GILFORD — World War II veteran Ray Doucet, formerly of Hudson, told students at Gilford High School Tuesday morning that he joined the military service in 1942 when he was only 15 and was faced with the choice of joining up or going to jail.
''I was living in Arizona then and I got in a fight. The police told me that if I joined the service I wouldn't end up in jail. So I told my mother that from now on I was 18 years old and signed up,'' said Doucet, who says he couldn't qualify for the Army because he was color blind, but passed the Air Force physical.
''By the time I was 16, I was in North Africa with the 15th Air Force in the Signal Corps. We were sending up A-38s to bomb Rommell's North Africa Corps out in the desert,'' says Doucet. (The A-38 was an earlier version of what would become the famous P-51 Mustang.)
Doucet said that he later went on to serve in Italy and that one of the highlights of his time in the service was getting to see the Vatican while in Rome.
''It was an experience I would never have had any other way,'' said Doucet of his military service which covered a span of five years.
Doucet was one of a half dozen residents of the New Hampshire Veterans Home in Tilton who attended a special program at the school which was hosted by the Gilford High School Student Council and attended by high school history students.
''It was really interesting to hear the veterans describe what their lives were like while serving,'' said Student Council President Lindsey Corsack, who moved between the guests asking questions which they answered over a portable microphone.
Marjorie Rosenqvist, originally from Wisconsin, said that she recalled living in a Florida barracks while in the Army in unbearably hot weather and that both officers and enlisted men had to do KP (kitchen patrol).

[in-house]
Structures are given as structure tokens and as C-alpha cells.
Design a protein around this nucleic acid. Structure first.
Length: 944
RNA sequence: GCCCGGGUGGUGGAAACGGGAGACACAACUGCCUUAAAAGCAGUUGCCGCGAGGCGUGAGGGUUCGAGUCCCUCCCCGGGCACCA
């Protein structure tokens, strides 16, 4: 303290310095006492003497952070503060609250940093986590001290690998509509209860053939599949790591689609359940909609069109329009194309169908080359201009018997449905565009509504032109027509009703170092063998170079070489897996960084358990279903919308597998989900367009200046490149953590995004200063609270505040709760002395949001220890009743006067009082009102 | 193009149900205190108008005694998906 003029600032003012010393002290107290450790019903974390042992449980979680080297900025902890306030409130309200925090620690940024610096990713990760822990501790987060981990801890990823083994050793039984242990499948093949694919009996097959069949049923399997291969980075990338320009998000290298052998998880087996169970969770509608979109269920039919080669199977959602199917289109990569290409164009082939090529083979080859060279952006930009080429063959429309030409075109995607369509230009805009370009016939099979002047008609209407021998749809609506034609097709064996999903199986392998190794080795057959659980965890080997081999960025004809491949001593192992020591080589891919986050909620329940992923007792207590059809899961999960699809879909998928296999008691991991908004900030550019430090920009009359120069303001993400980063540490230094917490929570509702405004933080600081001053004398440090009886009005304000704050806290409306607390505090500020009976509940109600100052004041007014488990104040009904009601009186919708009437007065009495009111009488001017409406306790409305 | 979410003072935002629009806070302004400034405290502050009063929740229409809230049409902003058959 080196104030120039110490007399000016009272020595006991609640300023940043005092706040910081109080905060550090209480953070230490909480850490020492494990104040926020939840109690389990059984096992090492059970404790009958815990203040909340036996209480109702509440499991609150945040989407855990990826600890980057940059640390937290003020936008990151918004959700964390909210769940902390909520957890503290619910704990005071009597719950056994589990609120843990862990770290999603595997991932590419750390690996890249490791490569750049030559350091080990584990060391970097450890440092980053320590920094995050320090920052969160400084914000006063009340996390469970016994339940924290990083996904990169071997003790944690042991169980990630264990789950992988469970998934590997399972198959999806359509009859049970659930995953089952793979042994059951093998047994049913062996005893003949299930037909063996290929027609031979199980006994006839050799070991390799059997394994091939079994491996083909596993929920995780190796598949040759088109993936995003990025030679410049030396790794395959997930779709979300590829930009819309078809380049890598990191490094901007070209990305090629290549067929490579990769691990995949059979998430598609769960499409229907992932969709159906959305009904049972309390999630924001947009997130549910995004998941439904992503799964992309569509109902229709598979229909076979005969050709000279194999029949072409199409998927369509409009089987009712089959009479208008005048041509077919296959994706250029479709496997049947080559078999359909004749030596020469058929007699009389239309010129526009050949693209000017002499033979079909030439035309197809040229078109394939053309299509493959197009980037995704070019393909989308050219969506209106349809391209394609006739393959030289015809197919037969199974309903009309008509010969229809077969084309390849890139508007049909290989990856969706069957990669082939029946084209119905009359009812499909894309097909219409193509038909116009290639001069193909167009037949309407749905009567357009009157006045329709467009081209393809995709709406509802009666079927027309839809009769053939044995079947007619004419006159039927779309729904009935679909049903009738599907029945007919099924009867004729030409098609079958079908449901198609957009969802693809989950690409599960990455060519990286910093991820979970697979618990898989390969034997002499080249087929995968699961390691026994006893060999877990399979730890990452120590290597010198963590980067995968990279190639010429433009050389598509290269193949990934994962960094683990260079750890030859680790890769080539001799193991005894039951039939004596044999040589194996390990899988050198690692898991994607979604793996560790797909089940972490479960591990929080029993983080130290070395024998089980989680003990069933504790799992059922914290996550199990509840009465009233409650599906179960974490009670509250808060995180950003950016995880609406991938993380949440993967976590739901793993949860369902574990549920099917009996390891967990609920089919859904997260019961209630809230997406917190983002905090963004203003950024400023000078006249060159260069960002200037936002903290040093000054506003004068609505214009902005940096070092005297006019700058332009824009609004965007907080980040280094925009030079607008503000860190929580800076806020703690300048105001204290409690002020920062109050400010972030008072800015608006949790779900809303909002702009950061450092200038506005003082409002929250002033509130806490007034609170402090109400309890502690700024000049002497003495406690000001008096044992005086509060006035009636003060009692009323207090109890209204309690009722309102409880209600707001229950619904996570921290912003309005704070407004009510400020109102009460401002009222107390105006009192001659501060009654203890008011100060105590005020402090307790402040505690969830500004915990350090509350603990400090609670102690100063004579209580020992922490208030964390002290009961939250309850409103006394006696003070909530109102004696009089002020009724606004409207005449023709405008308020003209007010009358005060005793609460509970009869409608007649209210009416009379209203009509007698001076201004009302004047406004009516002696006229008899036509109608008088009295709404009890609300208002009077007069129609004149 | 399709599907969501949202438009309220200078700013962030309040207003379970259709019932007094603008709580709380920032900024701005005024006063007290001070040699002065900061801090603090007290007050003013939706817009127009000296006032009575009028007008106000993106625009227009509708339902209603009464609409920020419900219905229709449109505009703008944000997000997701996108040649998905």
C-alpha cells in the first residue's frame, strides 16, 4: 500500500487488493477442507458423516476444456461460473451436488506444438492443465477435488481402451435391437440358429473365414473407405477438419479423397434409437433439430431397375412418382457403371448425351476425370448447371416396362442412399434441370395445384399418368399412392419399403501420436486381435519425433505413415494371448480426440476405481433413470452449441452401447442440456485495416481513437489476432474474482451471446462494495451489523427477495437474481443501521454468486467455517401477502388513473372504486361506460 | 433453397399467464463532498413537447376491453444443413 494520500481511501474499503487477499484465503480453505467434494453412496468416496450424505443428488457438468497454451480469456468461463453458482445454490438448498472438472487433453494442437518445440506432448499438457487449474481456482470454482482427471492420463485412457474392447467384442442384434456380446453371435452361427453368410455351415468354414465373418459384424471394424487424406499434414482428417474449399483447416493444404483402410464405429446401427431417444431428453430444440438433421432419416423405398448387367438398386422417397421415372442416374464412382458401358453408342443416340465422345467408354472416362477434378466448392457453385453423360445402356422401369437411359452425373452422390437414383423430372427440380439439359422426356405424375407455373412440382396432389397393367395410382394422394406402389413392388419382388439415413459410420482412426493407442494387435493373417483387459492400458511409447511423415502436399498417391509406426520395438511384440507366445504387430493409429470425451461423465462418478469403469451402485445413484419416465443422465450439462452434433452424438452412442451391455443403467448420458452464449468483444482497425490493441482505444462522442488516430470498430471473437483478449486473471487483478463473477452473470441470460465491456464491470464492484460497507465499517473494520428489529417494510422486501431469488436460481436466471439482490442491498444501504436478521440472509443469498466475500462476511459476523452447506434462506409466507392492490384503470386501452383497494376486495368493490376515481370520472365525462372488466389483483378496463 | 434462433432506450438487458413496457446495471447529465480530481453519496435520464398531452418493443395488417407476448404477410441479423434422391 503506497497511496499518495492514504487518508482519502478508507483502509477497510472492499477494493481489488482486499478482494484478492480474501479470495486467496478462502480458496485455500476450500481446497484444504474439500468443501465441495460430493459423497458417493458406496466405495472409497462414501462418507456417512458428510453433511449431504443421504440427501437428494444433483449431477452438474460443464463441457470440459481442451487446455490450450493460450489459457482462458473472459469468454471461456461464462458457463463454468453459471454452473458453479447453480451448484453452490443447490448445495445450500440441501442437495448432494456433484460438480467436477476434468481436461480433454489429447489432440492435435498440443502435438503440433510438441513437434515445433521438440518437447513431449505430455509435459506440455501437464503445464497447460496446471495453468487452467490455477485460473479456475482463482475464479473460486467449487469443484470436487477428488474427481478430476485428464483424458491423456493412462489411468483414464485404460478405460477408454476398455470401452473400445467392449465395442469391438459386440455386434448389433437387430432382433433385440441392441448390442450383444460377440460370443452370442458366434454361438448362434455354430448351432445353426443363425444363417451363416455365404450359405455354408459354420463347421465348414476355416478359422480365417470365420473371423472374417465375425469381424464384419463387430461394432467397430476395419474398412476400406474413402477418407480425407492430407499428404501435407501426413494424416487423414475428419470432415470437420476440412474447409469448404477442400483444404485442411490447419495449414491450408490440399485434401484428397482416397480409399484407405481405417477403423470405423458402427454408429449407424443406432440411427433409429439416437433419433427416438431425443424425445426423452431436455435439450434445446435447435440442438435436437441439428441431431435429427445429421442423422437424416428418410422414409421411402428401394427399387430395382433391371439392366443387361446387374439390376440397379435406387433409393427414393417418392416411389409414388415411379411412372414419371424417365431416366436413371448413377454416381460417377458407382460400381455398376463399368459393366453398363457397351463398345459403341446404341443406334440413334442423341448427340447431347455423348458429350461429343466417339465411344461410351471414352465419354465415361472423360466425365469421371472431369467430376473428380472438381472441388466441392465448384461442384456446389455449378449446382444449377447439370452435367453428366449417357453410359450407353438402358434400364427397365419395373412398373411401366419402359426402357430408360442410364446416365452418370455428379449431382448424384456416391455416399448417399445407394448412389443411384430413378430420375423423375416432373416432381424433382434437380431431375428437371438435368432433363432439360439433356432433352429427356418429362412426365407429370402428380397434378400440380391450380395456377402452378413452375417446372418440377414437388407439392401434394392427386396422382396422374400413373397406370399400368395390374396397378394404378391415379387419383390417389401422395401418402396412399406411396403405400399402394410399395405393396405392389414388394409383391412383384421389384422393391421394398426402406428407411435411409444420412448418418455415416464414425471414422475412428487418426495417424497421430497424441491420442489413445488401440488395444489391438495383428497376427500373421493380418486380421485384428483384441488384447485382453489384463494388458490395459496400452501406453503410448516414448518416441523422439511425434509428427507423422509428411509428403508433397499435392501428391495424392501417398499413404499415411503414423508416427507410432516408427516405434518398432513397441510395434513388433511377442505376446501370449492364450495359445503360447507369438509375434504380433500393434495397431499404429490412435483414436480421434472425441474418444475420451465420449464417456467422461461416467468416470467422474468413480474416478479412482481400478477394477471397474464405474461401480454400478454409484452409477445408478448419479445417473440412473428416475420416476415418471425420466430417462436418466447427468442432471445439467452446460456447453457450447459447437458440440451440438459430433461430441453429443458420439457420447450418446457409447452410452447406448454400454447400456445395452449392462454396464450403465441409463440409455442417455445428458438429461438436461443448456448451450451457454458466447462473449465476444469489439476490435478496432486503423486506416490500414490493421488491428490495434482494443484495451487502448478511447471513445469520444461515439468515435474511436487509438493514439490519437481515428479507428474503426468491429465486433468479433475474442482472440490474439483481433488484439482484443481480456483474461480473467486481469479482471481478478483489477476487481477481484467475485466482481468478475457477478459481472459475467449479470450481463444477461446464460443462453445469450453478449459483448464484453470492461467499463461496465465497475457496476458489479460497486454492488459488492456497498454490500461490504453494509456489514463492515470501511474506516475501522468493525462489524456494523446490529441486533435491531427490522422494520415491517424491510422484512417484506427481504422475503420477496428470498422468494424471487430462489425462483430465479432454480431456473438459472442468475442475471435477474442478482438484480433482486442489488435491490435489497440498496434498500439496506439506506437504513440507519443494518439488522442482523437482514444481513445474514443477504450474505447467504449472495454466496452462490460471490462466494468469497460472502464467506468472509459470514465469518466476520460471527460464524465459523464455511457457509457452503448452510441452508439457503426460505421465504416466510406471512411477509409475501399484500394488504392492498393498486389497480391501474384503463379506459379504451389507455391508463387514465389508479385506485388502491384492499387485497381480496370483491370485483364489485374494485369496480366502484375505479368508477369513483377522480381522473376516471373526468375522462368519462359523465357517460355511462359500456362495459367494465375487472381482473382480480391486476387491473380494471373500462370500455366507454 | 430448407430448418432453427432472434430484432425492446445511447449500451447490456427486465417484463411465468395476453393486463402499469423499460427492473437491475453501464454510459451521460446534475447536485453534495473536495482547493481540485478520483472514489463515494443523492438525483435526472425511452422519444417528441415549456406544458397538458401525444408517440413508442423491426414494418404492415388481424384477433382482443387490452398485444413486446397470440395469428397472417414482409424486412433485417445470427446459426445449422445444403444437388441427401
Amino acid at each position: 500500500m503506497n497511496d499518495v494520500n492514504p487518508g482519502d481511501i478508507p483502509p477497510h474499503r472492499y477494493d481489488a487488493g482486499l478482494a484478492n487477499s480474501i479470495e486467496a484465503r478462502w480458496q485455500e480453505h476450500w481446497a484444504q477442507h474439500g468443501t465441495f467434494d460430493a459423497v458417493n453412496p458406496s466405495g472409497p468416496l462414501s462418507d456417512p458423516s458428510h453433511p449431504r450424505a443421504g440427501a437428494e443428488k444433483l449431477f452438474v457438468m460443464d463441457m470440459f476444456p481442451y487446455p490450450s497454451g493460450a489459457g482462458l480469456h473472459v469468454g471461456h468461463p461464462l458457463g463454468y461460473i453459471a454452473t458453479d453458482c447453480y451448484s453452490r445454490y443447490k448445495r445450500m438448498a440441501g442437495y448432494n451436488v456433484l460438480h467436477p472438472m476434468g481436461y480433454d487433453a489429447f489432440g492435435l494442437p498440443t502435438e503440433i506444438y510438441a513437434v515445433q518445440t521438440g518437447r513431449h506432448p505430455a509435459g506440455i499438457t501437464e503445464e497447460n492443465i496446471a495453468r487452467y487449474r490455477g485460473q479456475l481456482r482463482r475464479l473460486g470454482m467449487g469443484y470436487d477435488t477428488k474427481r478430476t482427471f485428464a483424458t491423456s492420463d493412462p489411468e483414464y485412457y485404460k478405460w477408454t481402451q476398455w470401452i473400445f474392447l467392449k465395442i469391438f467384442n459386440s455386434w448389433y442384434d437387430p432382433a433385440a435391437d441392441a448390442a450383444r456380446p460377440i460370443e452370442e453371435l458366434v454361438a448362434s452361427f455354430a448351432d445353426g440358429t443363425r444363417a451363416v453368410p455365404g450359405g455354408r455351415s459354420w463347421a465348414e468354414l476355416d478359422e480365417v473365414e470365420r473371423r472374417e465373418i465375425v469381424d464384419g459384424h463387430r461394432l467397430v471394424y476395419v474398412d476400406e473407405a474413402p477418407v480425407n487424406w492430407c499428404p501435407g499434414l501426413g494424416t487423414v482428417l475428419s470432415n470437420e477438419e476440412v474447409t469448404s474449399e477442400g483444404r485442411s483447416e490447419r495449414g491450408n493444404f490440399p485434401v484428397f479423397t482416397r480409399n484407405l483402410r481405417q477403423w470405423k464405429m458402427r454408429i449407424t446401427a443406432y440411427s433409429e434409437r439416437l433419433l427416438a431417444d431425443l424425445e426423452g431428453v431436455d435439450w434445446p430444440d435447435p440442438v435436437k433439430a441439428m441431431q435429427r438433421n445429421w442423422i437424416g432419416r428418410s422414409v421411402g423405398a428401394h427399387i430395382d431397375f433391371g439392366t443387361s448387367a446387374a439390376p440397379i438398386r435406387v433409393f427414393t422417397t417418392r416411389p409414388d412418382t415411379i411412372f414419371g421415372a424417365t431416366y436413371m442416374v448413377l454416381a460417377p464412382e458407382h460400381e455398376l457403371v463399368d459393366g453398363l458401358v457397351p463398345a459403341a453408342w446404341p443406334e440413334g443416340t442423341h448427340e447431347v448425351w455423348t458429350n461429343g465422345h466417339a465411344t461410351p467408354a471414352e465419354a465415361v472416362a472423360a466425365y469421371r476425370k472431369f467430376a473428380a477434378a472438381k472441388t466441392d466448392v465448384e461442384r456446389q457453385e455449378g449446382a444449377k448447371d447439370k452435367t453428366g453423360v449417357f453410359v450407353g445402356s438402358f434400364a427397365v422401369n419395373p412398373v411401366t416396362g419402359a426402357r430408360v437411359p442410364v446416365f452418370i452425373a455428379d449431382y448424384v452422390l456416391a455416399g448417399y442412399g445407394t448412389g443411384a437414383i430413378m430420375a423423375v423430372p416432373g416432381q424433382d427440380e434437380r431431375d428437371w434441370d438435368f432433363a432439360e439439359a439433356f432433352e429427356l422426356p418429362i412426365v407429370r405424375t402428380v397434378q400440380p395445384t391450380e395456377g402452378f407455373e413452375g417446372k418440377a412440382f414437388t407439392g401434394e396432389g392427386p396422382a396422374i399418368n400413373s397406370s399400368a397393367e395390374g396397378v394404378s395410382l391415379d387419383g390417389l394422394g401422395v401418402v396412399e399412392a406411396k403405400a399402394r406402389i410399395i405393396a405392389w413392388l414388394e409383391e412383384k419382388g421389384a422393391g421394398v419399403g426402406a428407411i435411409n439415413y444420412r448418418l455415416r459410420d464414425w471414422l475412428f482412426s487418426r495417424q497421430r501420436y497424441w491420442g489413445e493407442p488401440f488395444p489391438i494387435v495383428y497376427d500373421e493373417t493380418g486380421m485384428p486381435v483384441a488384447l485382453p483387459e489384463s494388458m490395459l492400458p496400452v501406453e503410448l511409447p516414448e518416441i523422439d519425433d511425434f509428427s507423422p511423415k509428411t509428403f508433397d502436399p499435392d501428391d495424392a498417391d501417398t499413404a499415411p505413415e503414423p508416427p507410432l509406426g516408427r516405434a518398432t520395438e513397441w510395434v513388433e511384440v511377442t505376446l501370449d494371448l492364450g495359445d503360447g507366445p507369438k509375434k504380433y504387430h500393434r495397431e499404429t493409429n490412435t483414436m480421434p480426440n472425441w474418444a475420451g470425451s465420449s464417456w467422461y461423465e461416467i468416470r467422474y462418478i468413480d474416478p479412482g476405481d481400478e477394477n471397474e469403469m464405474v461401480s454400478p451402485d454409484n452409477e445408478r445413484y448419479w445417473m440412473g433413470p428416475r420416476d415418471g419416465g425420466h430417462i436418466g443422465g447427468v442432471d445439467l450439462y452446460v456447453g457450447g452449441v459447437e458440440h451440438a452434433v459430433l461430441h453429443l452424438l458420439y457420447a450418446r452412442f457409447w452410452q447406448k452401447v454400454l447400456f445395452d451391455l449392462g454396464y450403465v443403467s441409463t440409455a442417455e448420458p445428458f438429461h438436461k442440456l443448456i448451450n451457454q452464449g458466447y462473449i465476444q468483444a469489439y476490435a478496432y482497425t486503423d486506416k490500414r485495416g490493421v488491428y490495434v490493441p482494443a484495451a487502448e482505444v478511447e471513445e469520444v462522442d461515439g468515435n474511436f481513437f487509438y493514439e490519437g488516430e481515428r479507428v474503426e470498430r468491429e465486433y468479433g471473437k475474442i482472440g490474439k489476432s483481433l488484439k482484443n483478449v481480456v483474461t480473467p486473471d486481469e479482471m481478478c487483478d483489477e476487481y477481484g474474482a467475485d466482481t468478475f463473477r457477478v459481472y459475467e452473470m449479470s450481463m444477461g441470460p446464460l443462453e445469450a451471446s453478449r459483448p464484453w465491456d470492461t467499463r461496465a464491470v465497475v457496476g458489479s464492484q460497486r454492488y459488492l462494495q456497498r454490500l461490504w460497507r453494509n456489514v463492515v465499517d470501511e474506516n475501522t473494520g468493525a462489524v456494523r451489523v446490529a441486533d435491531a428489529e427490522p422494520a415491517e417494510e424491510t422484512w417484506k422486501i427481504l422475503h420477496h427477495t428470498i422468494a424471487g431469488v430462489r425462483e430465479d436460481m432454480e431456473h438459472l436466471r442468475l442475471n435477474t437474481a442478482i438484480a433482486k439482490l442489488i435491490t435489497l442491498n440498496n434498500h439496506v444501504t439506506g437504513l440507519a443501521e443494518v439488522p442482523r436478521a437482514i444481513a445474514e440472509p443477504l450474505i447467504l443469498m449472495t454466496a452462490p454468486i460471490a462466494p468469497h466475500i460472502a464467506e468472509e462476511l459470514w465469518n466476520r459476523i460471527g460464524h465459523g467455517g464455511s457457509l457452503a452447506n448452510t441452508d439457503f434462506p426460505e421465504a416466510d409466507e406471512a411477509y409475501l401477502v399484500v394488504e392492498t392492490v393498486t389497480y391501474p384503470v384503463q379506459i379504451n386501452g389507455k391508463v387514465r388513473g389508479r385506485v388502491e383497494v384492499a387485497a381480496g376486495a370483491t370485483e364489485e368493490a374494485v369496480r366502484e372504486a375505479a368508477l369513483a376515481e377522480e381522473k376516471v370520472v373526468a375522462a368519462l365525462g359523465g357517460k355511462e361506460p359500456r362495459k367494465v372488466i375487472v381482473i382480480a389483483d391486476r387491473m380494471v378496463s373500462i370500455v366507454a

''There was a fantastic PX there where you could buy just about anything you wanted,'' she recalled.
Barbara Fay, who spent most of her life in Florida before moving to New Hampshire earlier this year, recalled that she used to live in her own trailer while on base but always had to report to general quarters both morning and night for roll call.
''The service was nice. It worked out well for me,'' said Fay.
Ray Barcomb of Goffstown, who served in Vietnam, said that his most vivid memory of war was the loss of one of his best friends on Christmas Eve, 1968, shortly after his unit arrived in the country.
''He was big guy, 6'6'' ,who weighed 250 pounds and we played tackle football a lot. I still miss him,''
said Barcomb, who was a generator mechanic.
''It was 130 degrees in the shade in Vietnam, so bad that we'd do anything to cool off. I found an air conditioner unit and fixed it up so that I could turn it on whenever I needed to sleep. A lot of other guys wanted to use it but I told them 'I found it and hooked it up and it's mine,' '' said Barcomb.
Francis Gorski of Manchester served on Okinawa during World War II. ''It was the last big battle of the war. It took all the different armed forces working together to win it,'' said Gorski, who recalled that he was still on Okinawa when the two atomic bombs were dropped on Hiroshima and Nagasaki, bringing the war to an end.
He later got to see the bombed cities and said the sights that he saw were too ugly to describe.
John Noonan of Manchester served in the Navy during World War II and said that he recalls his ship tracking down a Japanese submarine trying to make its way into Pearl Harbor just before Japanese airplanes attacked on December 7, 1941.
He later served in the attacks on the Solomon islands and New Guinea and recalls his ship being under attack by Japanese kamikaze aircraft during the later stages of the war.
''It wasn't a lot of fun in the Navy. It was war all the time,'' said Noonan.
Residents of the New Hampshire Veterans Home spoke with students at Gilford High School Tuesday morning about their military service. Shown seated at the table are Barbara Fay, Franicis Gorski, Ron Barcomb, John Noonan and Ray Doucet. Student council members and history class students spoke with the veterans with Student Council President Lindsey Corsack, standing beside Noonan as he speaks, asking a series of questions which the veterans answered. (Roger Amsden/for the Laconia Daily Sun)
Last Updated on Wednesday, 18 December 2013 02:20